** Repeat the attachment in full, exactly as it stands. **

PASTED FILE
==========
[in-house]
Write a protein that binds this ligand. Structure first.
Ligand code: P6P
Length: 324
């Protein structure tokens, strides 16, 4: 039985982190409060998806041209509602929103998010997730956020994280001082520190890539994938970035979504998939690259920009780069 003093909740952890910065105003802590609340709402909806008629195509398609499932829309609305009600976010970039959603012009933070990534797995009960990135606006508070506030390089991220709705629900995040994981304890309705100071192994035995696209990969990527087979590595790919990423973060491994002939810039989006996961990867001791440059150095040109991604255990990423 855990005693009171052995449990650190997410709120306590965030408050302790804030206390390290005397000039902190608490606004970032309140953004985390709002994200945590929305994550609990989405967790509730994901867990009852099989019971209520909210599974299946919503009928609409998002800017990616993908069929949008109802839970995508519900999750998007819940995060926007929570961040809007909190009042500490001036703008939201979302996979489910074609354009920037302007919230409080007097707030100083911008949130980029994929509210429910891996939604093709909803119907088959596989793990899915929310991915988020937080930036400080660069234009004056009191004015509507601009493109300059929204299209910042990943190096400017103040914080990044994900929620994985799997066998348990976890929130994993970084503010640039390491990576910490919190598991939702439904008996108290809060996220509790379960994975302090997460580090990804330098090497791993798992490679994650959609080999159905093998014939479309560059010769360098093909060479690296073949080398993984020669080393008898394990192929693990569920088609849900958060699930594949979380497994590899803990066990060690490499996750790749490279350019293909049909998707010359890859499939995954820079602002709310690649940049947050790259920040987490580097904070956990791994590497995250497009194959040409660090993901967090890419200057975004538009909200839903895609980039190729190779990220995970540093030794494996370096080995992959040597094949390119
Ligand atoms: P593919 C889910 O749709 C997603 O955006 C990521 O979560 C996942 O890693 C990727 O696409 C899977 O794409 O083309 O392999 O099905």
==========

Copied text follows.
[in-house]
Write a protein that binds this ligand. Structure first.
Ligand code: P6P
Length: 324
């Protein structure tokens, strides 16, 4: 039985982190409060998806041209509602929103998010997730956020994280001082520190890539994938970035979504998939690259920009780069 003093909740952890910065105003802590609340709402909806008629195509398609499932829309609305009600976010970039959603012009933070990534797995009960990135606006508070506030390089991220709705629900995040994981304890309705100071192994035995696209990969990527087979590595790919990423973060491994002939810039989006996961990867001791440059150095040109991604255990990423 855990005693009171052995449990650190997410709120306590965030408050302790804030206390390290005397000039902190608490606004970032309140953004985390709002994200945590929305994550609990989405967790509730994901867990009852099989019971209520909210599974299946919503009928609409998002800017990616993908069929949008109802839970995508519900999750998007819940995060926007929570961040809007909190009042500490001036703008939201979302996979489910074609354009920037302007919230409080007097707030100083911008949130980029994929509210429910891996939604093709909803119907088959596989793990899915929310991915988020937080930036400080660069234009004056009191004015509507601009493109300059929204299209910042990943190096400017103040914080990044994900929620994985799997066998348990976890929130994993970084503010640039390491990576910490919190598991939702439904008996108290809060996220509790379960994975302090997460580090990804330098090497791993798992490679994650959609080999159905093998014939479309560059010769360098093909060479690296073949080398993984020669080393008898394990192929693990569920088609849900958060699930594949979380497994590899803990066990060690490499996750790749490279350019293909049909998707010359890859499939995954820079602002709310690649940049947050790259920040987490580097904070956990791994590497995250497009194959040409660090993901967090890419200057975004538009909200839903895609980039190729190779990220995970540093030794494996370096080995992959040597094949390119
Ligand atoms: P593919 C889910 O749709 C997603 O955006 C990521 O979560 C996942 O890693 C990727 O696409 C899977 O794409 O083309 O392999 O099905």